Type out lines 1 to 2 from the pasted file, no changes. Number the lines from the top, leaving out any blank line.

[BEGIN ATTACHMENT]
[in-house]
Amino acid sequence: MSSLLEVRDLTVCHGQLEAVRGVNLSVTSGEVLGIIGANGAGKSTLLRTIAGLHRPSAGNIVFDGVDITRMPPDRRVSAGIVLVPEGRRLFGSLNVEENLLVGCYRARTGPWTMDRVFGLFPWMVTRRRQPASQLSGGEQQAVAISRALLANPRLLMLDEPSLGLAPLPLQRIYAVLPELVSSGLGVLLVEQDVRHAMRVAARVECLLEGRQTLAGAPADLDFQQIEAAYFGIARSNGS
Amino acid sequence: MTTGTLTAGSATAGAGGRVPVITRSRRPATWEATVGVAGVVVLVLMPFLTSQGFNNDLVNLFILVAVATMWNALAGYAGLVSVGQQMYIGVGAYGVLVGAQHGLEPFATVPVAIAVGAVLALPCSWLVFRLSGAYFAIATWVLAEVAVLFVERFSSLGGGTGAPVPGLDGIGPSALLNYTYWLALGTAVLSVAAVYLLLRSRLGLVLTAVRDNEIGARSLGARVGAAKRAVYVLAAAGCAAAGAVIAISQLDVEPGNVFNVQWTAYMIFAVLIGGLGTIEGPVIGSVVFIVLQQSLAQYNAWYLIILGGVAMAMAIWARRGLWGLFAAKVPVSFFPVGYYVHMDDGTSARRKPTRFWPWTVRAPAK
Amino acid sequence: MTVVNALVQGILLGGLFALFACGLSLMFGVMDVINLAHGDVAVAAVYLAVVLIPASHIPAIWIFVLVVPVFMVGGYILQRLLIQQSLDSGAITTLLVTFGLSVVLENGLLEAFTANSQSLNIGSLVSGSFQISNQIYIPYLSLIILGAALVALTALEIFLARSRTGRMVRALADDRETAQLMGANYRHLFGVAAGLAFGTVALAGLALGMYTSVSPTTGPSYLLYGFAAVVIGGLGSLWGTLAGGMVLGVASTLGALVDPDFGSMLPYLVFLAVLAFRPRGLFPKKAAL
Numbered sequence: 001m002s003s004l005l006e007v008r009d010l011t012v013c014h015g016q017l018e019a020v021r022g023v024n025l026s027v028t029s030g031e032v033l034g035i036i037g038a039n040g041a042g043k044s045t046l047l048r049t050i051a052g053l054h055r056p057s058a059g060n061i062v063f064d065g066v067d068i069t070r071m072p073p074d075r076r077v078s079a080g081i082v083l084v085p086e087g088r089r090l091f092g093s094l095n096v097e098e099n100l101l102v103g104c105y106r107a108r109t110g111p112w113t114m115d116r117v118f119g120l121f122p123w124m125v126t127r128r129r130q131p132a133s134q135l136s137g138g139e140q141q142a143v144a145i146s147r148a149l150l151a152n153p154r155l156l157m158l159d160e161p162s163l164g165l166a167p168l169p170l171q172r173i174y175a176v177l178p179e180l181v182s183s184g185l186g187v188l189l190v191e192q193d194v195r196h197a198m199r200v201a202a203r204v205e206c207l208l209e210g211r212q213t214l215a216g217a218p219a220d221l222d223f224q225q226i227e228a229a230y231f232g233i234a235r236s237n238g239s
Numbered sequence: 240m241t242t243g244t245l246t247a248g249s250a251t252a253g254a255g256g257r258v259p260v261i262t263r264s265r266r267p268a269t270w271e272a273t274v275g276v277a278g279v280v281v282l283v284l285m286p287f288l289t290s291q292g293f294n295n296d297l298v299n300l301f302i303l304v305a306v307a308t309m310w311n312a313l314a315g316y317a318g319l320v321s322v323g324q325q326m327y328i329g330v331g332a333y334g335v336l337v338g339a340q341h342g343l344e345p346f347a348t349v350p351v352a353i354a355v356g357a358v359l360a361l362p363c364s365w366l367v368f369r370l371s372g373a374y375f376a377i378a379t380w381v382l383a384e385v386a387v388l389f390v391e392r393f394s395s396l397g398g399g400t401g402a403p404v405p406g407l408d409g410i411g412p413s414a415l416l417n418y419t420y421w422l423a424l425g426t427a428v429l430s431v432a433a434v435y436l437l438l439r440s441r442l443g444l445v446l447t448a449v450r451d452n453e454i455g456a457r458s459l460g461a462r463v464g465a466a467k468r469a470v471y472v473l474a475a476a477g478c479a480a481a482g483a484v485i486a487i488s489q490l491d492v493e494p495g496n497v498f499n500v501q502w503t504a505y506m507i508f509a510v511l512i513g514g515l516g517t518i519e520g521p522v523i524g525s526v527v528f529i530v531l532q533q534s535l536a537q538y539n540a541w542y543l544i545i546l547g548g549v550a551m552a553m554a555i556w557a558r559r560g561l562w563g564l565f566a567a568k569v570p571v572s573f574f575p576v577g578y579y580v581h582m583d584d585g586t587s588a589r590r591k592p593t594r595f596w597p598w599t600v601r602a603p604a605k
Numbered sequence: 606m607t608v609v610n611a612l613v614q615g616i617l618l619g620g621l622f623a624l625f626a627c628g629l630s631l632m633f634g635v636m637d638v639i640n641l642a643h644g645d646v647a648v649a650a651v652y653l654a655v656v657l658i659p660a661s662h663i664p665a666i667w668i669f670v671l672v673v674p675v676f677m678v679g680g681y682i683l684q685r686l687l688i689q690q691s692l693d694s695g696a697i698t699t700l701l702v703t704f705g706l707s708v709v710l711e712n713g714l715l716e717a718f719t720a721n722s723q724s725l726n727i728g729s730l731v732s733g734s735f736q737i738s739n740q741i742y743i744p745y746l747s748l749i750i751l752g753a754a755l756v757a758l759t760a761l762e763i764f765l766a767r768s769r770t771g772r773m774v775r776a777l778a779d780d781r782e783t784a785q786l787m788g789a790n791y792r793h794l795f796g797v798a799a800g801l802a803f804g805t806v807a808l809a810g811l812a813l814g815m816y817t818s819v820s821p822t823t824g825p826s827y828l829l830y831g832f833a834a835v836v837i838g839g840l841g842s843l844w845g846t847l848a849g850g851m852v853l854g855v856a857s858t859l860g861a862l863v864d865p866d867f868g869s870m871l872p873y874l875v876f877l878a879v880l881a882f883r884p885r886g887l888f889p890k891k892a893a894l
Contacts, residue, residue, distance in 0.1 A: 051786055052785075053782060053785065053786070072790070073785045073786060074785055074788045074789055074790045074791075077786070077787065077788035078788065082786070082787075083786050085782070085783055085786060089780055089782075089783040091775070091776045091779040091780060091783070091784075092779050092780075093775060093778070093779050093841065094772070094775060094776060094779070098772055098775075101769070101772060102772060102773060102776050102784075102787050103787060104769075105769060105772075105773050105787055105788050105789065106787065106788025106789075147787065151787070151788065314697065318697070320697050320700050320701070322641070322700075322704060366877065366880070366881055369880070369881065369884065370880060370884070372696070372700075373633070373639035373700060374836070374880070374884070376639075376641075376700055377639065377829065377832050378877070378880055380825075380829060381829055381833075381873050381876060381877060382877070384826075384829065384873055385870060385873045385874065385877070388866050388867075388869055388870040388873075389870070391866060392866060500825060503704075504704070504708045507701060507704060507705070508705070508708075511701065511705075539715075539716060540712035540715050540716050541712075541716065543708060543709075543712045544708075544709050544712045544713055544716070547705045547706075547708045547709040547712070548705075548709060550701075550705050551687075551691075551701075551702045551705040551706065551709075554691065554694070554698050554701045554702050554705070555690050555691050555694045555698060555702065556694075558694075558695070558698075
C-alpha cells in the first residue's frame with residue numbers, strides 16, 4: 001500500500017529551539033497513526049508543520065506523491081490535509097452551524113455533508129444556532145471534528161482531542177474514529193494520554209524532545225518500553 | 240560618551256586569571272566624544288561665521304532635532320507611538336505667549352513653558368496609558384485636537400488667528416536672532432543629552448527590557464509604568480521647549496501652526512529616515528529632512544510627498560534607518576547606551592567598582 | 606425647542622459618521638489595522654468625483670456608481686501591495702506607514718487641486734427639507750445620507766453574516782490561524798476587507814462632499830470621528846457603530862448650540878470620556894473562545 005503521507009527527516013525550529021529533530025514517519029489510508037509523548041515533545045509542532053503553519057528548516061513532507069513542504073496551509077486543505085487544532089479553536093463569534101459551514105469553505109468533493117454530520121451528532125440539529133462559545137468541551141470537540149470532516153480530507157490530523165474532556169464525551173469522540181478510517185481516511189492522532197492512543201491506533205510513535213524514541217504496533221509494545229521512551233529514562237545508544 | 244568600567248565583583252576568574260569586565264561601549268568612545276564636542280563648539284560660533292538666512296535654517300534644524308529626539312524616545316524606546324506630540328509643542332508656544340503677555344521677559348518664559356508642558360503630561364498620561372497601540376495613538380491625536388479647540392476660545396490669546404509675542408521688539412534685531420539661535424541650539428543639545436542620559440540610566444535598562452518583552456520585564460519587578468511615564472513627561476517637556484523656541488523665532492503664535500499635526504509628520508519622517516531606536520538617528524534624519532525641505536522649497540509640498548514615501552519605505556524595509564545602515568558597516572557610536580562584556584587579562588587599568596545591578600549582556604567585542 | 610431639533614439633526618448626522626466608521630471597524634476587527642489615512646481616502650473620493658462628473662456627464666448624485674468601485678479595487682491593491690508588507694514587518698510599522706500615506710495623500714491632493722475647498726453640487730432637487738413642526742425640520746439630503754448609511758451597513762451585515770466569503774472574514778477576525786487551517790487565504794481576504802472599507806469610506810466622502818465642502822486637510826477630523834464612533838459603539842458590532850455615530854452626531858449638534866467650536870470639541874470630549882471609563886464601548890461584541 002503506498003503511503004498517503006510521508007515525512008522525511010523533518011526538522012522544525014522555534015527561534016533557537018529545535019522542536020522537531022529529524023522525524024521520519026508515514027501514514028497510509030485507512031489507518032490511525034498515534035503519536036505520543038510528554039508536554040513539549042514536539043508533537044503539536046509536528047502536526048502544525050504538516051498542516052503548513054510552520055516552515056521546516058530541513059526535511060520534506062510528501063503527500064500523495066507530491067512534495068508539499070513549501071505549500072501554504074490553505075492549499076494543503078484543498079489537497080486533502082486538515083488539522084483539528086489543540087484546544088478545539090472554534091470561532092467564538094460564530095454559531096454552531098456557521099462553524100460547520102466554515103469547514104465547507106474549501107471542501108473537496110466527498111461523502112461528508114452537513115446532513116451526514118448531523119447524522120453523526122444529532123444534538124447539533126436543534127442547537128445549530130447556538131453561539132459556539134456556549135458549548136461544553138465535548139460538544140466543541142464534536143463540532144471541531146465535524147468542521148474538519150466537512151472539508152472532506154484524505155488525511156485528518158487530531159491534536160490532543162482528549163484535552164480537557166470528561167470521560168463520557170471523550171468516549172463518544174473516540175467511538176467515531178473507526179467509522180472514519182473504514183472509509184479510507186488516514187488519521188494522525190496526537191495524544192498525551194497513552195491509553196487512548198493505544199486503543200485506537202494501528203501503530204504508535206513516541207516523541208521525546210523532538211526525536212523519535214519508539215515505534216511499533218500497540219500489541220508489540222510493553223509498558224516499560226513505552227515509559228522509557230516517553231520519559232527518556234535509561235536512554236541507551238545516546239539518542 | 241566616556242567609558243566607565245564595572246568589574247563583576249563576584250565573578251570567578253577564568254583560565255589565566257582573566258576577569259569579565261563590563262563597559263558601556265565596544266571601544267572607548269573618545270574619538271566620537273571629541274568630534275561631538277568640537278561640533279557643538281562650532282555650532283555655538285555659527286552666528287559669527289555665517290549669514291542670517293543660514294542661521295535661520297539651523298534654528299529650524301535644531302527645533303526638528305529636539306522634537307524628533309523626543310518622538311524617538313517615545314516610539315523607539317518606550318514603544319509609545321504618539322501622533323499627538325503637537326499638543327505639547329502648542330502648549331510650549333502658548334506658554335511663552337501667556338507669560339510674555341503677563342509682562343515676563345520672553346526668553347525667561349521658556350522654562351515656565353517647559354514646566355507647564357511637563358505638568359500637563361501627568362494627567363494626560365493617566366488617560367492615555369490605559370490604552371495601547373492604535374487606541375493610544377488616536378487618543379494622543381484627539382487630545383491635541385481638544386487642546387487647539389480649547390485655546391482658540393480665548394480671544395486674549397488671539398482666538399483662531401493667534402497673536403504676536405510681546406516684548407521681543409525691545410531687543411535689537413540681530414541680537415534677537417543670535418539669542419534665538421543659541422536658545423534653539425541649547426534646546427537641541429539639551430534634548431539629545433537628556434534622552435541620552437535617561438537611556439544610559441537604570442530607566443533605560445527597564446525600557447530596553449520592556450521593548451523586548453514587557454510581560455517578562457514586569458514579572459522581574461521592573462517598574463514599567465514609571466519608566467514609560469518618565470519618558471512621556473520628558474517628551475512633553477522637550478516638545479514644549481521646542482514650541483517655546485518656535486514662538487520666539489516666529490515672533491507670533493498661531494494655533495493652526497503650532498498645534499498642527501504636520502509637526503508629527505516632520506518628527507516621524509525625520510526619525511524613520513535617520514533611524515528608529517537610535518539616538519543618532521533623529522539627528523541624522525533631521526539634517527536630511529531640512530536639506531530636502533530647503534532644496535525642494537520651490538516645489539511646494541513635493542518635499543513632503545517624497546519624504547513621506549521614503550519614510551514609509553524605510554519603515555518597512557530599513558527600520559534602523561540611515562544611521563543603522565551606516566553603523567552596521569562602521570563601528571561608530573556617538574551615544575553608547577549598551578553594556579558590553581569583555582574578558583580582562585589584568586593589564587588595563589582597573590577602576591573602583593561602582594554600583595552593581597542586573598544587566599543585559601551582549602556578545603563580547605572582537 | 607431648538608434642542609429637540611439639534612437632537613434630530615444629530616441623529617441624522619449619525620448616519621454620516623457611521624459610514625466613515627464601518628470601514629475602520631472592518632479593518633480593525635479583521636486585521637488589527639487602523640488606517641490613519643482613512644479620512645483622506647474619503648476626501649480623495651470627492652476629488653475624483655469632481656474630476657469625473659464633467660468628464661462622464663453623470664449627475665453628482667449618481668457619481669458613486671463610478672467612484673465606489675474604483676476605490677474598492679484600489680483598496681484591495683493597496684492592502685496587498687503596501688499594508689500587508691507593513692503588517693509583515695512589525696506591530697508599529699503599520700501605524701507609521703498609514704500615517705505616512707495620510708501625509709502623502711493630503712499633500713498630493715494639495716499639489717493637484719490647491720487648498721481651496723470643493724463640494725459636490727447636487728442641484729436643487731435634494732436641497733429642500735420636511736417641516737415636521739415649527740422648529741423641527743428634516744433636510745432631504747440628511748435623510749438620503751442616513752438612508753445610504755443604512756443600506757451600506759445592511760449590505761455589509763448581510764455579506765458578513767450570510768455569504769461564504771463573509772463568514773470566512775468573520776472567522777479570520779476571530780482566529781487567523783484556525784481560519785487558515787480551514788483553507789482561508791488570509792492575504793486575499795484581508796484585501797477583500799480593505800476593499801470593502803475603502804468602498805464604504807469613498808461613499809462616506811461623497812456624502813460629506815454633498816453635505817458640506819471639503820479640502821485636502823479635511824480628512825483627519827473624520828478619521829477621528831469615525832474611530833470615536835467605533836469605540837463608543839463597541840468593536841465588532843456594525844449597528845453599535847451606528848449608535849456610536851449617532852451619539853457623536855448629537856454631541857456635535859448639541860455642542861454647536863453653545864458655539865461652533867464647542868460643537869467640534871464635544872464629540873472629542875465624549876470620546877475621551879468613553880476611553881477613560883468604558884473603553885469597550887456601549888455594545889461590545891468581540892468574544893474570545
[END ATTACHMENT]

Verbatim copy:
[in-house]
Amino acid sequence: MSSLLEVRDLTVCHGQLEAVRGVNLSVTSGEVLGIIGANGAGKSTLLRTIAGLHRPSAGNIVFDGVDITRMPPDRRVSAGIVLVPEGRRLFGSLNVEENLLVGCYRARTGPWTMDRVFGLFPWMVTRRRQPASQLSGGEQQAVAISRALLANPRLLMLDEPSLGLAPLPLQRIYAVLPELVSSGLGVLLVEQDVRHAMRVAARVECLLEGRQTLAGAPADLDFQQIEAAYFGIARSNGS